The previous words disappeared from the screen, and Kara was kinda sad to see them go. But in their place stood a proud, confident little 'Never,' and Kara really loved it a lot.

James was actually the one to do the unplugging, and Kara loaded a server on each shoulder while James grabbed the desktop computer, Alex waving them forward by flashlight. Kara took a moment to appreciate the absurdity of this endeavor; a bunch of nerds waddling under the weight of stolen technology through an evil office building at night, like the world’s lamest heist crew. At least they didn’t have any double agent subplots.

Winn made quick work of connecting Lena to the portable generator in their getaway minivan and slapping on the gps scrambler while Kara strapped her servers in. The computer made its terrible boot-up noise again.

"So," said James, looking them over, "now what?"

"I think," Kara said, "I think, now… we take Luthorcorp the fuck down." She glanced at Lena. "Right?"

'I,' said Lena, and then hesitated for like half a minute straight, the amount of time it'd take her to independently prove Fermat's last theorem, probably. 'I think I fucking love you, Kara.'

Kara could only manage a big burbling laugh; before she could make any kind of words work, Winn turned to face Lena’s display, brimming with manic energy.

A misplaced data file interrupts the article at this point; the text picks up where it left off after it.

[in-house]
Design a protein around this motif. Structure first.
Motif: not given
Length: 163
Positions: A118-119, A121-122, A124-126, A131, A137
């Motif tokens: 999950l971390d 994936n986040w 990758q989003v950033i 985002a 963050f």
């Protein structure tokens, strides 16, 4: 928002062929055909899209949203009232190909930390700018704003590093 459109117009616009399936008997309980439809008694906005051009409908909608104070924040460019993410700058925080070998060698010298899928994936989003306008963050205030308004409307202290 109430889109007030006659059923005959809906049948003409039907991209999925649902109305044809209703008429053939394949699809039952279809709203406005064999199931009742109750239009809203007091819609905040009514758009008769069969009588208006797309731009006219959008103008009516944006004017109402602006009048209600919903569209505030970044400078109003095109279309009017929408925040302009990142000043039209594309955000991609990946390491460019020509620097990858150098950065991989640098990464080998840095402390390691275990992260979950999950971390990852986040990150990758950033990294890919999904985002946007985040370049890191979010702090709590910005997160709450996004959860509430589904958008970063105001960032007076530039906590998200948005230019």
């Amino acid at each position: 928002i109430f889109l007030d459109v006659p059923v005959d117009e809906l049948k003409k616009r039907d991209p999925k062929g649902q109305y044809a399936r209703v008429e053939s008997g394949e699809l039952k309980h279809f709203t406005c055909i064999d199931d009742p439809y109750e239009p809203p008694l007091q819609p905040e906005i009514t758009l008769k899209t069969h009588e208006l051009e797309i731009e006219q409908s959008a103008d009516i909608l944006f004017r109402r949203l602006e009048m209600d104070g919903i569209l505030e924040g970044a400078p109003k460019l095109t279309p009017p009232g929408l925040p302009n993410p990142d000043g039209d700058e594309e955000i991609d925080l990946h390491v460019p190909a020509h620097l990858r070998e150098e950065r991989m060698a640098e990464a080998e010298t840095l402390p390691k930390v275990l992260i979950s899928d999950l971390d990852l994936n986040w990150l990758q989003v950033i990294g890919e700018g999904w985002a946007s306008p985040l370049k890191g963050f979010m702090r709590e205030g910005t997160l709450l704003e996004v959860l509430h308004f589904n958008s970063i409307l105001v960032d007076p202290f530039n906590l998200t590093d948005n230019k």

"Hey, Lena, so cool to meet you, heard so much about you, so hey by the way are you interested in some articulation? A little prehensile action?" Winn wiggled the fingers of both hands like a demented scientist. So, like himself. "I was thinking, full robot body for Kara's robot girlfriend."

Kara resisted the urge to bury her face in her hands. "She's not my robot girlfriend!"

'Well,' Lena said, 'not yet. ;)'

Kara thought about holding Lena's robot hand, about Lena making a real life robot winky face, about hearing Lena’s robot voice say stuff like I think I fucking love you, and gave an involuntary little squeak.

"Hey!" Alex called from the driver's seat. "No robot fucking in my girlfriend's minivan!"

"Yeah," James agreed, "no robot fucking in my sister's minivan!"

';) ;) ;)' said Lena.

Kara fully buried her face in her arms then, pointedly refusing to watch Lena attempt to construct an array of ASCII fingers as Winn whooped and cheered.

Worst. First job. Ever.